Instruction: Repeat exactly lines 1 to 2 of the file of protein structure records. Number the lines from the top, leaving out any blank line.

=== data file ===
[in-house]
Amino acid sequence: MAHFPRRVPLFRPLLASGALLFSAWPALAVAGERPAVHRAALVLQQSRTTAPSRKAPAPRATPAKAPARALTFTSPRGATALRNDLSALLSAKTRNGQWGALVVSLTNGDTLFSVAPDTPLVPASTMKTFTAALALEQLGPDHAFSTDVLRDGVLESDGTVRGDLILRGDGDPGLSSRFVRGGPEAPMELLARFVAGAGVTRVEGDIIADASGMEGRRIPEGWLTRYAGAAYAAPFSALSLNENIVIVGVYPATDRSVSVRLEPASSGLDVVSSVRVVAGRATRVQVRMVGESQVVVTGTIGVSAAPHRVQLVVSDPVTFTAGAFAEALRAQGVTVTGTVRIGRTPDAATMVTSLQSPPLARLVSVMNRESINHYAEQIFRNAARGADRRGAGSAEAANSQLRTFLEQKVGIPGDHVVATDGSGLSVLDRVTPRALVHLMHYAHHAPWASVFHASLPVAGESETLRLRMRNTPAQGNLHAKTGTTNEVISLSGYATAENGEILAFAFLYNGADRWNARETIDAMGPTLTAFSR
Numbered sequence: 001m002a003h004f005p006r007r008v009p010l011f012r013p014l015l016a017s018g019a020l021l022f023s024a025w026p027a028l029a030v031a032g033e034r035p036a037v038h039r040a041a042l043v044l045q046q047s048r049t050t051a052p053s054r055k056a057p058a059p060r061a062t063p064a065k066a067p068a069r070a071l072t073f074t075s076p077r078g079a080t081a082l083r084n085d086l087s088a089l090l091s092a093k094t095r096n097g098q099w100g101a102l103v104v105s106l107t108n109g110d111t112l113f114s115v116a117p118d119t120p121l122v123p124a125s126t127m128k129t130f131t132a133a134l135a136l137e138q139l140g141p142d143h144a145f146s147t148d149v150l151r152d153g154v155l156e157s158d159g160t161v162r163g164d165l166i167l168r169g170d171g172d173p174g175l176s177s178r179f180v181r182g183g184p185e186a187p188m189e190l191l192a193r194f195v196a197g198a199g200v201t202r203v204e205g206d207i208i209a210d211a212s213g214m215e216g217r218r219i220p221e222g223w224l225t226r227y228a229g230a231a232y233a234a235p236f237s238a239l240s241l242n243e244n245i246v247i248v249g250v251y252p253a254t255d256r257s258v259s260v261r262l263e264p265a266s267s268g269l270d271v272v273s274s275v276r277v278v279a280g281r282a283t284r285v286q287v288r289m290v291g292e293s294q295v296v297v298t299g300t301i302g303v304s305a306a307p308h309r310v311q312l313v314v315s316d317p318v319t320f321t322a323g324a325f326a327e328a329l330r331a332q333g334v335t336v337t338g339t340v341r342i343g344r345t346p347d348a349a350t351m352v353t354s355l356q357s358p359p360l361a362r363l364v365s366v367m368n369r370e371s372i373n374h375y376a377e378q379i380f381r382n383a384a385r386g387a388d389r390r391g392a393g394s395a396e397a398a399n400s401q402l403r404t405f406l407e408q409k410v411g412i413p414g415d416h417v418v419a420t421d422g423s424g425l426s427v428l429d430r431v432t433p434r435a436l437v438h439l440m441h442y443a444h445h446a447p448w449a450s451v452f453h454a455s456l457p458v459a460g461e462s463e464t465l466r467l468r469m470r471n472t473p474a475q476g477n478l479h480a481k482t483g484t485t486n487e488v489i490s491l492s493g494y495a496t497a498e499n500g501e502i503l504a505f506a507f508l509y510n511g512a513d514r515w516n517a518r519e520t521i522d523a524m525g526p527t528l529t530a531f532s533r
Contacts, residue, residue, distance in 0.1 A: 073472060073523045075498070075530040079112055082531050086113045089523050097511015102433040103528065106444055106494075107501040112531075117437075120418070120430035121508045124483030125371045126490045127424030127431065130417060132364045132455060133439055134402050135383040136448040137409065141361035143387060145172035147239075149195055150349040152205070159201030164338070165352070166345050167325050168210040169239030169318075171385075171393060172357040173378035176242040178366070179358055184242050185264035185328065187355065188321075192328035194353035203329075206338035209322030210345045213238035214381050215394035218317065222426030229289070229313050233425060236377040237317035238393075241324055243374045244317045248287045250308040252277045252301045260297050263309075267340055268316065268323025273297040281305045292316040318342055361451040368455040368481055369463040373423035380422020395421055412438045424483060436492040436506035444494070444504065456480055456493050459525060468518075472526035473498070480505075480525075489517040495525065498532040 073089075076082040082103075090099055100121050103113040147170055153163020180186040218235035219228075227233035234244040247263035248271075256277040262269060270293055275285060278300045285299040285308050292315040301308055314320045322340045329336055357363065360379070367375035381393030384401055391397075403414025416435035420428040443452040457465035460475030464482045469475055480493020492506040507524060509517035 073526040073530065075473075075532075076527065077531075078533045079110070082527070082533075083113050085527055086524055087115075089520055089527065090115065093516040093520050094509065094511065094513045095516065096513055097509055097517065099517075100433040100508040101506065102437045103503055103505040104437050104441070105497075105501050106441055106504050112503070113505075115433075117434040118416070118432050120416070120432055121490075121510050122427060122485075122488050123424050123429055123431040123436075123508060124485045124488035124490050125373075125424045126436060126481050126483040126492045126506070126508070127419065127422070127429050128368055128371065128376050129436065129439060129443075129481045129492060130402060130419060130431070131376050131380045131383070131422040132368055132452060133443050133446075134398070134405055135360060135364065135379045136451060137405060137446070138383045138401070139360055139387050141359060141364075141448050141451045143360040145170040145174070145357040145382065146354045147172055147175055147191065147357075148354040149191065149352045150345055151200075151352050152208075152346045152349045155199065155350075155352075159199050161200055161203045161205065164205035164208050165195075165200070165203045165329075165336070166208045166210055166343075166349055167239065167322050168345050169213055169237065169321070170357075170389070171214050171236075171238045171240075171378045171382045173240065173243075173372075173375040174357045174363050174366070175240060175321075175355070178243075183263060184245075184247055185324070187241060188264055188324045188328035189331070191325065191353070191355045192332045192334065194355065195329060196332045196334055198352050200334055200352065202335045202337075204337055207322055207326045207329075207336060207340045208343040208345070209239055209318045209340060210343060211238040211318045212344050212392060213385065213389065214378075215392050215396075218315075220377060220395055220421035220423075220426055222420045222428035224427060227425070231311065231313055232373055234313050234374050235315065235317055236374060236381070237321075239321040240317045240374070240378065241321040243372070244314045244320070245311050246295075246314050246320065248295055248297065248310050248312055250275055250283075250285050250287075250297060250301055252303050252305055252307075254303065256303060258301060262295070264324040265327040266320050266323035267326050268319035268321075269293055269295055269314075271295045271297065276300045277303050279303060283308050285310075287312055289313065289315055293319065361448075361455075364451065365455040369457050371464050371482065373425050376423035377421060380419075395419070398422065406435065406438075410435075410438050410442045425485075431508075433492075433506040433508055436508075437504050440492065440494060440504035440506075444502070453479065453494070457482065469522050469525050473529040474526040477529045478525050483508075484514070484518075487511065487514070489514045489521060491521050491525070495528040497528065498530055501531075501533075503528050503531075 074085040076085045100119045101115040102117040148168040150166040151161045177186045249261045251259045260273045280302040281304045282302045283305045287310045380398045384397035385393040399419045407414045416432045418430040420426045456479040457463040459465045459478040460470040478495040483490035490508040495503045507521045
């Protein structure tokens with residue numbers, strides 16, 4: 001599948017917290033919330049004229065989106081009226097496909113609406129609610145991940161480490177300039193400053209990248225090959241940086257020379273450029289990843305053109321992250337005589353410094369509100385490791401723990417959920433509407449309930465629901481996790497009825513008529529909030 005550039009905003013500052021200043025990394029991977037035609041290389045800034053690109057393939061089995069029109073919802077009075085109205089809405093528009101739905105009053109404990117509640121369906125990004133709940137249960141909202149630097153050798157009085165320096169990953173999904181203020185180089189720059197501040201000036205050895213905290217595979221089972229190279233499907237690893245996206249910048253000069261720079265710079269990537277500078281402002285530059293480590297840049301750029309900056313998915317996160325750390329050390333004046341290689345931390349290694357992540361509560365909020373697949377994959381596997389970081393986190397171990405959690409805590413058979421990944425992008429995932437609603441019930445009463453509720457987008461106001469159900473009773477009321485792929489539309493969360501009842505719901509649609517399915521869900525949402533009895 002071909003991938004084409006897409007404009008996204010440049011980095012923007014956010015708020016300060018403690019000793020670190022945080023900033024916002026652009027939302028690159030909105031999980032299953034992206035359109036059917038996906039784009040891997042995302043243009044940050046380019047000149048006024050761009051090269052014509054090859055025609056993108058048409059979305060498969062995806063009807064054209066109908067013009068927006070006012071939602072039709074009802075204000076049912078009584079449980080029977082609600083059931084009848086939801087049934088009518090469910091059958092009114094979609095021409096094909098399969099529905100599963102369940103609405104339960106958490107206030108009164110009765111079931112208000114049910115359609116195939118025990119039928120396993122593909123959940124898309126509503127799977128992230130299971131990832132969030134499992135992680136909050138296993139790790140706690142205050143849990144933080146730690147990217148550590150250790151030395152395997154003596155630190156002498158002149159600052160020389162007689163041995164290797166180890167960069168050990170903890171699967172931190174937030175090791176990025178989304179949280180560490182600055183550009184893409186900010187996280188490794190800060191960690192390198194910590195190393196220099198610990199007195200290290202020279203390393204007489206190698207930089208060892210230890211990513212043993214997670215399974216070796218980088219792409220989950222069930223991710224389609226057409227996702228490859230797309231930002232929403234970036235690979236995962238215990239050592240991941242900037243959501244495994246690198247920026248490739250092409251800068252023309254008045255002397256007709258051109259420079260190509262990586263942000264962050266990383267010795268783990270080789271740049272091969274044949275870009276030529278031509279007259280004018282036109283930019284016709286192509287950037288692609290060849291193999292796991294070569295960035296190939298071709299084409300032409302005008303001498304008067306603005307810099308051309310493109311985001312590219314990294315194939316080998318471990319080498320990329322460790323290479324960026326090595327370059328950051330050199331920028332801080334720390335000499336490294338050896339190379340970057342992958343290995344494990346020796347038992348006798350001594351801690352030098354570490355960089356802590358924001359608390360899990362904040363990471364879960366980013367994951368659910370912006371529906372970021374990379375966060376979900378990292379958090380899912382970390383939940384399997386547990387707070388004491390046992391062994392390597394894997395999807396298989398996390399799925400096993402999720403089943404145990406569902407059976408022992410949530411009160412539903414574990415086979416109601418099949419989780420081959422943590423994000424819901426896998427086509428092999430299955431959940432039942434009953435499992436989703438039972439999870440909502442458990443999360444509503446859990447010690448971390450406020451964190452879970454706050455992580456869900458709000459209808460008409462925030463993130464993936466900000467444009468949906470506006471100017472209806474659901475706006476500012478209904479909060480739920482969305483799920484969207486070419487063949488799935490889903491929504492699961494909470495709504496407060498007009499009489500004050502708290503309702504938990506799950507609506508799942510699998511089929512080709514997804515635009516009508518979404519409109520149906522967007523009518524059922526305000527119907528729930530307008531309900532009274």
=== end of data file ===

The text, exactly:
[in-house]
Amino acid sequence: MAHFPRRVPLFRPLLASGALLFSAWPALAVAGERPAVHRAALVLQQSRTTAPSRKAPAPRATPAKAPARALTFTSPRGATALRNDLSALLSAKTRNGQWGALVVSLTNGDTLFSVAPDTPLVPASTMKTFTAALALEQLGPDHAFSTDVLRDGVLESDGTVRGDLILRGDGDPGLSSRFVRGGPEAPMELLARFVAGAGVTRVEGDIIADASGMEGRRIPEGWLTRYAGAAYAAPFSALSLNENIVIVGVYPATDRSVSVRLEPASSGLDVVSSVRVVAGRATRVQVRMVGESQVVVTGTIGVSAAPHRVQLVVSDPVTFTAGAFAEALRAQGVTVTGTVRIGRTPDAATMVTSLQSPPLARLVSVMNRESINHYAEQIFRNAARGADRRGAGSAEAANSQLRTFLEQKVGIPGDHVVATDGSGLSVLDRVTPRALVHLMHYAHHAPWASVFHASLPVAGESETLRLRMRNTPAQGNLHAKTGTTNEVISLSGYATAENGEILAFAFLYNGADRWNARETIDAMGPTLTAFSR